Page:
Thursday, February 23, 2006

Why you don't put a guy with Asberger's in a prominent public position . . .

Larry Summers is finally out of Harvard, and, while there's not a lot of love lost between us, I'm also pretty pissed about the way the whole thing went down. Was LS a boor/oaf/jerk with a permanent case of foot-in-mouth disease? Abso-freakin-lutely. Would I have picked him were on on the committee? Hells no.

But was he also right about Harvard's doing a number of retardo things, justified solely by "I'm Harvard, bitch!" ? Um, yeah. To wit, unlike 99.9% of all other educational instutions, unlike Summers arrived, Harvard used a 14-point grade scale. Thus, when applying to oh, say, a job, or an internship, or grad school, or pretty much anything on which your GPA was required, you had to convert your 14-pt grade into the 4.0 system. And it took boorish, oafish, jerky LS to say "Hey, that's dumb. Stop doing that." Which is pretty much how he interacted with everybody.

The best summary I've found of the whole shebang is here.
And the worst news from my perspective is that the #2 candidate is rocking Columbia's world while we're back to the drawing board.


8yearoldsdude said...

was he that bad? is the university in shambles? what's the fucking fuss? Larry Summers is like Lindsay Lohan for the NPR set...gasp, what will he do next?

Want to talk baroque, self-important systems? what about the way the semesters are structured which priveleges instructor christmas over student sanity and exam quality? but everyone still attends anyway, proving conclusively that despite the hand-wringing about how things must change at harvard, that is simply not true.

My nasty flippancy makes me pause, because admission of women and minorities were significant steps taken by administrators, and my throwing up my hands to a status quo eliminates the possibility of that. But the overseriousness surrounding what core curriculum students take and whether or not they have coffee dates with harvey mansfield doesn't seem like the most pressing thing on the national agenda.

as al sharpeton says, "college isn't about ED-ucation, it's about CERT-ification [of a cultural elite]"

Wamby said...

"was he that bad?" Yes. Not a bad person. A bad president to try to expand the powers of his office in an instution with entrenched, competing powers and intense national attention. He didn't do a good job responding to people who disagreed with him, nor did he do a good job trying to restructure without first going to a large public venue.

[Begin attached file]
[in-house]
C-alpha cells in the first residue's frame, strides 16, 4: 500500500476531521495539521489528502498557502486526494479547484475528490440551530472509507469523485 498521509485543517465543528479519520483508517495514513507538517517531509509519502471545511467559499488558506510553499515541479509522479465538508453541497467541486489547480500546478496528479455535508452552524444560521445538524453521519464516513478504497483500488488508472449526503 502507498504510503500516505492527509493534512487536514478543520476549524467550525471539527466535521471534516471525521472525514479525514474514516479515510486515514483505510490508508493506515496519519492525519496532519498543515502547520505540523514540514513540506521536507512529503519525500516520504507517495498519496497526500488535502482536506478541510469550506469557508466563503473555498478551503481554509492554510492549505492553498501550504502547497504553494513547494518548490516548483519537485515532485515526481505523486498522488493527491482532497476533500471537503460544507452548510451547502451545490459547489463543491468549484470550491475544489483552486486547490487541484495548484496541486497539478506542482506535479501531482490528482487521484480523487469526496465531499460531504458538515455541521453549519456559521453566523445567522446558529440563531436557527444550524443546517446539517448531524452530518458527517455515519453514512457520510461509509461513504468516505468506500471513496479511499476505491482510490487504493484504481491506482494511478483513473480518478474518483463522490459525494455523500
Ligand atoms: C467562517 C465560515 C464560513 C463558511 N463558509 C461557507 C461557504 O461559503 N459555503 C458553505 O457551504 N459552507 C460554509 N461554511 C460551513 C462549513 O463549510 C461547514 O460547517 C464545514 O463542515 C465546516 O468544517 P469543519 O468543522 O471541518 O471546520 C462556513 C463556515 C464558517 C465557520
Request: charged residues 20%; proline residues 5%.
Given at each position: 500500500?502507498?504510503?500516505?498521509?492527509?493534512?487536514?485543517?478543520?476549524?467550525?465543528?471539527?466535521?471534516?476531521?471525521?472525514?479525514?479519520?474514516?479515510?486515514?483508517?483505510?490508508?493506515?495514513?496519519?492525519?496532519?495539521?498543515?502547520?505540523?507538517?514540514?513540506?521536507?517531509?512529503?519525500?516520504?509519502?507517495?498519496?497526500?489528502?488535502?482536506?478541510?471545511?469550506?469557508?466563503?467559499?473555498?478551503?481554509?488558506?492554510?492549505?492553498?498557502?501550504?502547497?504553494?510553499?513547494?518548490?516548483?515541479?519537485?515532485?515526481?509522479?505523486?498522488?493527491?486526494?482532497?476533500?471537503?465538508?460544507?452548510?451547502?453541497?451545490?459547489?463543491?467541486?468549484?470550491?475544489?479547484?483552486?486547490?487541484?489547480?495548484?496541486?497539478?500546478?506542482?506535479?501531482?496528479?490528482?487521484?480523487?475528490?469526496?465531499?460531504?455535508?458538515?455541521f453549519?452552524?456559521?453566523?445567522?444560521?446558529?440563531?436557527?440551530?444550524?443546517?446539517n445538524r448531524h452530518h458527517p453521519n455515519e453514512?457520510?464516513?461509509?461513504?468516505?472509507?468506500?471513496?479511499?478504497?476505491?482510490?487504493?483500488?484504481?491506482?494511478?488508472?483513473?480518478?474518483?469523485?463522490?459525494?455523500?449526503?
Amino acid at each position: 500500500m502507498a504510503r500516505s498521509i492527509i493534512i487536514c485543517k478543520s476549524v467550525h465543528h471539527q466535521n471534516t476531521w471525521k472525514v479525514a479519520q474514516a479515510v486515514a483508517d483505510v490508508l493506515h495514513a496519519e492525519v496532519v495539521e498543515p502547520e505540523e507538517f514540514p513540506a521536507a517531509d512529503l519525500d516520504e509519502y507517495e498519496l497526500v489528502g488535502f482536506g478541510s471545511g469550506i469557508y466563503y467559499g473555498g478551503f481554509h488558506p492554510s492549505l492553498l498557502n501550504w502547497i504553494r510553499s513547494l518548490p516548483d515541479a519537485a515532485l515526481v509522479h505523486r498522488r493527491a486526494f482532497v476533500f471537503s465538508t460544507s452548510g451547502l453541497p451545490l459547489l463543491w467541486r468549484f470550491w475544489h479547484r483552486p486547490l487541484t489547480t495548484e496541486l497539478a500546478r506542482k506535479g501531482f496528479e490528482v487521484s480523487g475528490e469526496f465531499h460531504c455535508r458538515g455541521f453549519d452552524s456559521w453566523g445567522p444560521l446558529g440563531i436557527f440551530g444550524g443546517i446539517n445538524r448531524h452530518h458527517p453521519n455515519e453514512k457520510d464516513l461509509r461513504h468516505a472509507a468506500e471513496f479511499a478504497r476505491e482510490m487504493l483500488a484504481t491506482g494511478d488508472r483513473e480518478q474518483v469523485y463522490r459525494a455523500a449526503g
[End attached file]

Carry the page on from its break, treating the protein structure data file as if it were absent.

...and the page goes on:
Face it, Harvard has huge cache. The name, the wealth, the fact that the Crimson spits out a lot of people who want to work at the Atlantic, Slate, the New Republic, the New York Times... at some level these places drive what the national media talks about and they are staffed by people often less than 10 or even 5 years out of college. The people who have to work with these alums might take some pleasure in trying to knock Harvard off its high horse.

Dorothy said...

I think the real deal is spliting up message and medium. His messages weren't all bad, but his medium almost universally was. And, frankly, as a president of a university, you kind of have to know how to talk to people. And he couldn't.

As for what's the fuss? For me, it's two parts. One, the university is a cultural behemoth and, whether or not it deserves it, it gets lots of attention for that. It's the oldest, the most famous, and the wealthiest university in the country. Hell, it's richer than several countries.

And, two, I went there, and I would be thrilled if it actually lived up to the hype. Harvard will always get a lot of attention for being Harvard. Wouldn't it be cool if it got some attention for something else? Like being awesome? And, yeah, I think things like student-professor contact and core curriculum go into determining awesomeness.